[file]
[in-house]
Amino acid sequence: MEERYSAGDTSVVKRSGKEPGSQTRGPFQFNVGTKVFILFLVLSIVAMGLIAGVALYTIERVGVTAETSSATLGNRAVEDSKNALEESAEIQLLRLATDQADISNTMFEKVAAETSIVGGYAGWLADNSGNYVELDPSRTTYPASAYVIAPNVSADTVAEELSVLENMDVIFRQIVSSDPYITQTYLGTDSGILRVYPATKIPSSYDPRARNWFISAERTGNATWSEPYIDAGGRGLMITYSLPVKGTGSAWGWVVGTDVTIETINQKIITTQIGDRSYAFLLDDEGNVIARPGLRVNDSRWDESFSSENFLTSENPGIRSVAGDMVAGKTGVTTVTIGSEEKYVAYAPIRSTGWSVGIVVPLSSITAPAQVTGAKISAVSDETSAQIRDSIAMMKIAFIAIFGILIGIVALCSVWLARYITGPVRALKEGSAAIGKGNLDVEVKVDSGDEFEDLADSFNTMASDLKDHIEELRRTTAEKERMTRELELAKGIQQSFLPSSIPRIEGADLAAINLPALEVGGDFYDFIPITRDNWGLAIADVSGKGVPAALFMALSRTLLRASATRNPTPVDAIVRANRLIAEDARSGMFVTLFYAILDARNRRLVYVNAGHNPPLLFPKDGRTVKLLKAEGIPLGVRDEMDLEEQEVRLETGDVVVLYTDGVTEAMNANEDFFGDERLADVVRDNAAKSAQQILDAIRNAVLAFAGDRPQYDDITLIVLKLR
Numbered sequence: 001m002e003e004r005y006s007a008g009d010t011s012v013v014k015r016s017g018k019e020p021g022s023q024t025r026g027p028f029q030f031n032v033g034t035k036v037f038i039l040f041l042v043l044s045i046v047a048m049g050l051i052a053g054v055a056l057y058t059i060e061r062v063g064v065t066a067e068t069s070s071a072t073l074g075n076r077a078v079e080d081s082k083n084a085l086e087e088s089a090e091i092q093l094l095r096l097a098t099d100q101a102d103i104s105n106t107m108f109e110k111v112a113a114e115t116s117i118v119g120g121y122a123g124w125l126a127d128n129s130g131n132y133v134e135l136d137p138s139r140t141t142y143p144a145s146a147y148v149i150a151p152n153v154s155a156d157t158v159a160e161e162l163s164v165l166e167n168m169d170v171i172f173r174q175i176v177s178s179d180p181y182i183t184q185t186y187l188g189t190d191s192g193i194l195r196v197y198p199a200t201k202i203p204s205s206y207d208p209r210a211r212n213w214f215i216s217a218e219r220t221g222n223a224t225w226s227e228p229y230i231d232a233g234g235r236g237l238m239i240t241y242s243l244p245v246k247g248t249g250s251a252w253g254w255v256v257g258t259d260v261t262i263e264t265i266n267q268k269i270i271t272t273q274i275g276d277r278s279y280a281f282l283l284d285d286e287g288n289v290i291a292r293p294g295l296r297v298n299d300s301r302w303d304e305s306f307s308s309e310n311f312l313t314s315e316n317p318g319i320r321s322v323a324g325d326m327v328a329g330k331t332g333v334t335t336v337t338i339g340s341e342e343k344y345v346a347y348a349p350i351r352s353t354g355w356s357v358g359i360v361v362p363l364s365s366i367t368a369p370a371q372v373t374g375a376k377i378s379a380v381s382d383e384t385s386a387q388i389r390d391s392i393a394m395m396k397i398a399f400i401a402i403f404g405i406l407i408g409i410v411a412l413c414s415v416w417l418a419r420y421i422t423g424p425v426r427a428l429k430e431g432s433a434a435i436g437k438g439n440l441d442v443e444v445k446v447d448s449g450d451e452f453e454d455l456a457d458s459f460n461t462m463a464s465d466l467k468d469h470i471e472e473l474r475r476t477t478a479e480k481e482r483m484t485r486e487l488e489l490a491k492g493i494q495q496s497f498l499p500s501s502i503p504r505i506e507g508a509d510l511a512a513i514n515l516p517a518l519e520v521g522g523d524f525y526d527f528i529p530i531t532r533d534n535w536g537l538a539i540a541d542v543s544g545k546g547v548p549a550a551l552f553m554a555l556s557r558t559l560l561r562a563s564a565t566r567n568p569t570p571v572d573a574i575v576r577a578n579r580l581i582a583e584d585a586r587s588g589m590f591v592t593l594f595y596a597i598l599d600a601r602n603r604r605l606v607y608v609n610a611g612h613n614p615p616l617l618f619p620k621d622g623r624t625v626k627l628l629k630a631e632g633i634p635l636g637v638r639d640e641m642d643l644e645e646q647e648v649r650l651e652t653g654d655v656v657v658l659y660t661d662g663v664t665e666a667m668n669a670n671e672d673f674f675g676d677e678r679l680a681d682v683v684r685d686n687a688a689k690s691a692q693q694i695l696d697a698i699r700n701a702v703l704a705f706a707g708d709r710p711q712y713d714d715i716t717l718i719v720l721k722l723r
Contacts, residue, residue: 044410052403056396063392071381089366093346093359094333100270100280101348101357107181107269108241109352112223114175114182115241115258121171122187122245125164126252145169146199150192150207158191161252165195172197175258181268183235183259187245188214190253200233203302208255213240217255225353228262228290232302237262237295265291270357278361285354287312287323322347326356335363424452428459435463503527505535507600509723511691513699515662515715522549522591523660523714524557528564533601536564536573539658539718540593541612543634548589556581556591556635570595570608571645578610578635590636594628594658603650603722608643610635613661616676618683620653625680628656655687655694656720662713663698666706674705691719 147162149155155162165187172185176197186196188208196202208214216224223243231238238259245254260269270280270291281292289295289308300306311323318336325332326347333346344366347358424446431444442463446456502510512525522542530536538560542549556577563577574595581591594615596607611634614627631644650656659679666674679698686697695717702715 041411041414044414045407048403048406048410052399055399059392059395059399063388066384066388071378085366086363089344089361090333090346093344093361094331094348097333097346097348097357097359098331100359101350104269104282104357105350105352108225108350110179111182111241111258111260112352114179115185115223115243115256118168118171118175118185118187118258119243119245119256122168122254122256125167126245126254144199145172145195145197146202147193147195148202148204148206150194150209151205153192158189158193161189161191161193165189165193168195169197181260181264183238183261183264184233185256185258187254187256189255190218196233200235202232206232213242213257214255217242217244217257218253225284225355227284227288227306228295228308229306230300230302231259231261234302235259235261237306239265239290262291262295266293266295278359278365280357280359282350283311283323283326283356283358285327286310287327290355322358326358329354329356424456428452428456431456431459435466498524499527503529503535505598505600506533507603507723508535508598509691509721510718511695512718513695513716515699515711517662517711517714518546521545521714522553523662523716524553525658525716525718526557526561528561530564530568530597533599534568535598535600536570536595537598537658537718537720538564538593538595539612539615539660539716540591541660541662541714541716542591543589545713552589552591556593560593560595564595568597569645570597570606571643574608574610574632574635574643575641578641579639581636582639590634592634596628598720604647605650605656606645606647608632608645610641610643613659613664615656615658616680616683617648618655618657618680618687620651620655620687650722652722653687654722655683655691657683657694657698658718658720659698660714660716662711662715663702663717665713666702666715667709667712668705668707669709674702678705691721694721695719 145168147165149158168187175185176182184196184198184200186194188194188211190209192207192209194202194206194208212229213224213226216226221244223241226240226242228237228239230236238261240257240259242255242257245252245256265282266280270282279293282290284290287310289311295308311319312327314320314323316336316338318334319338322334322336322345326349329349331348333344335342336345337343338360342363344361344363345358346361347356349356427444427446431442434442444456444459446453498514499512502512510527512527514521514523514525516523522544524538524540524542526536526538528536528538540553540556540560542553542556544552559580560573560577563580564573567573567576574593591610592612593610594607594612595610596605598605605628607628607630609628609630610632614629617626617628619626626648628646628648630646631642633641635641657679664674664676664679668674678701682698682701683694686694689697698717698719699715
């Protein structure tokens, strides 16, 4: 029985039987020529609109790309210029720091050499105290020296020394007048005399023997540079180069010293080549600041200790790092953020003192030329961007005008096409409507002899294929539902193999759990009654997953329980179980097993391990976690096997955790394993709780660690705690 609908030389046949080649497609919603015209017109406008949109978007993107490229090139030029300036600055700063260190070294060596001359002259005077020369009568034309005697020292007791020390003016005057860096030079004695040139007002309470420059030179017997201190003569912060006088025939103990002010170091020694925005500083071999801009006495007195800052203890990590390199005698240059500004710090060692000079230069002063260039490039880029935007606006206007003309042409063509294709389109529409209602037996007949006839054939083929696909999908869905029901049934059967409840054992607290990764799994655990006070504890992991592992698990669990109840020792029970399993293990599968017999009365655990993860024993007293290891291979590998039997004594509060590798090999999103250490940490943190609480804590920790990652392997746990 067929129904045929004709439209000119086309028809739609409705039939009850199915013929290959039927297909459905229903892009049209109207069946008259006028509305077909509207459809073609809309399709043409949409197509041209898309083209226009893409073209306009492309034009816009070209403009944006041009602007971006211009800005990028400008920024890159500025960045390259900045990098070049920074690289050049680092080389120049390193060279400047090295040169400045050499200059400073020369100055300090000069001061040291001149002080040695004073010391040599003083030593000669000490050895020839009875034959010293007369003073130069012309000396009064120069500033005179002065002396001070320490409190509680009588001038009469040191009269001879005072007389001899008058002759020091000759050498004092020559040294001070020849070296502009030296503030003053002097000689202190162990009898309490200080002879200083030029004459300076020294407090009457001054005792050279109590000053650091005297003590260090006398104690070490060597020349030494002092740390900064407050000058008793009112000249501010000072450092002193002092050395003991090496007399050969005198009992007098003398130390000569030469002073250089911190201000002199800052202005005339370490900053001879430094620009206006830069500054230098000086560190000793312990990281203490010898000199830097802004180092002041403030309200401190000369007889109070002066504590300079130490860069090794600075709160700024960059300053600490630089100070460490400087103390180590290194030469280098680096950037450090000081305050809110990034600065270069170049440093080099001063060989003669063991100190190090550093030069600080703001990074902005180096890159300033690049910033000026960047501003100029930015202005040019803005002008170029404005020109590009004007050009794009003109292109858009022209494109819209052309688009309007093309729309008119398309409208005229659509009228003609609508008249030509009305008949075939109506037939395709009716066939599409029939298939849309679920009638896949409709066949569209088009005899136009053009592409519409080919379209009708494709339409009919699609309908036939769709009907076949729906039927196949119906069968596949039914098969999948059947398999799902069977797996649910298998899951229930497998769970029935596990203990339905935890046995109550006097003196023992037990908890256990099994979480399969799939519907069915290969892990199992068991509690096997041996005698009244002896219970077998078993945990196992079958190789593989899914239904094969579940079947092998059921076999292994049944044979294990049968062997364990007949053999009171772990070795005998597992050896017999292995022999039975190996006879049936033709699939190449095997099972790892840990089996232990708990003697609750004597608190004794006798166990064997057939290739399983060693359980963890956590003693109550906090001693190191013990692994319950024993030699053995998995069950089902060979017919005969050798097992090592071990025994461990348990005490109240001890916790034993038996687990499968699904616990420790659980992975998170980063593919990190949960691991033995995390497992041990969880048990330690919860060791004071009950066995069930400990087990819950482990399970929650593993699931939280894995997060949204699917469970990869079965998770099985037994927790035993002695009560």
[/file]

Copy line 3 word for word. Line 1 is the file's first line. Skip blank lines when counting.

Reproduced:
Numbered sequence: 001m002e003e004r005y006s007a008g009d010t011s012v013v014k015r016s017g018k019e020p021g022s023q024t025r026g027p028f029q030f031n032v033g034t035k036v037f038i039l040f041l042v043l044s045i046v047a048m049g050l051i052a053g054v055a056l057y058t059i060e061r062v063g064v065t066a067e068t069s070s071a072t073l074g075n076r077a078v079e080d081s082k083n084a085l086e087e088s089a090e091i092q093l094l095r096l097a098t099d100q101a102d103i104s105n106t107m108f109e110k111v112a113a114e115t116s117i118v119g120g121y122a123g124w125l126a127d128n129s130g131n132y133v134e135l136d137p138s139r140t141t142y143p144a145s146a147y148v149i150a151p152n153v154s155a156d157t158v159a160e161e162l163s164v165l166e167n168m169d170v171i172f173r174q175i176v177s178s179d180p181y182i183t184q185t186y187l188g189t190d191s192g193i194l195r196v197y198p199a200t201k202i203p204s205s206y207d208p209r210a211r212n213w214f215i216s217a218e219r220t221g222n223a224t225w226s227e228p229y230i231d232a233g234g235r236g237l238m239i240t241y242s243l244p245v246k247g248t249g250s251a252w253g254w255v256v257g258t259d260v261t262i263e264t265i266n267q268k269i270i271t272t273q274i275g276d277r278s279y280a281f282l283l284d285d286e287g288n289v290i291a292r293p294g295l296r297v298n299d300s301r302w303d304e305s306f307s308s309e310n311f312l313t314s315e316n317p318g319i320r321s322v323a324g325d326m327v328a329g330k331t332g333v334t335t336v337t338i339g340s341e342e343k344y345v346a347y348a349p350i351r352s353t354g355w356s357v358g359i360v361v362p363l364s365s366i367t368a369p370a371q372v373t374g375a376k377i378s379a380v381s382d383e384t385s386a387q388i389r390d391s392i393a394m395m396k397i398a399f400i401a402i403f404g405i406l407i408g409i410v411a412l413c414s415v416w417l418a419r420y421i422t423g424p425v426r427a428l429k430e431g432s433a434a435i436g437k438g439n440l441d442v443e444v445k446v447d448s449g450d451e452f453e454d455l456a457d458s459f460n461t462m463a464s465d466l467k468d469h470i471e472e473l474r475r476t477t478a479e480k481e482r483m484t485r486e487l488e489l490a491k492g493i494q495q496s497f498l499p500s501s502i503p504r505i506e507g508a509d510l511a512a513i514n515l516p517a518l519e520v521g522g523d524f525y526d527f528i529p530i531t532r533d534n535w536g537l538a539i540a541d542v543s544g545k546g547v548p549a550a551l552f553m554a555l556s557r558t559l560l561r562a563s564a565t566r567n568p569t570p571v572d573a574i575v576r577a578n579r580l581i582a583e584d585a586r587s588g589m590f591v592t593l594f595y596a597i598l599d600a601r602n603r604r605l606v607y608v609n610a611g612h613n614p615p616l617l618f619p620k621d622g623r624t625v626k627l628l629k630a631e632g633i634p635l636g637v638r639d640e641m642d643l644e645e646q647e648v649r650l651e652t653g654d655v656v657v658l659y660t661d662g663v664t665e666a667m668n669a670n671e672d673f674f675g676d677e678r679l680a681d682v683v684r685d686n687a688a689k690s691a692q693q694i695l696d697a698i699r700n701a702v703l704a705f706a707g708d709r710p711q712y713d714d715i716t717l718i719v720l721k722l723r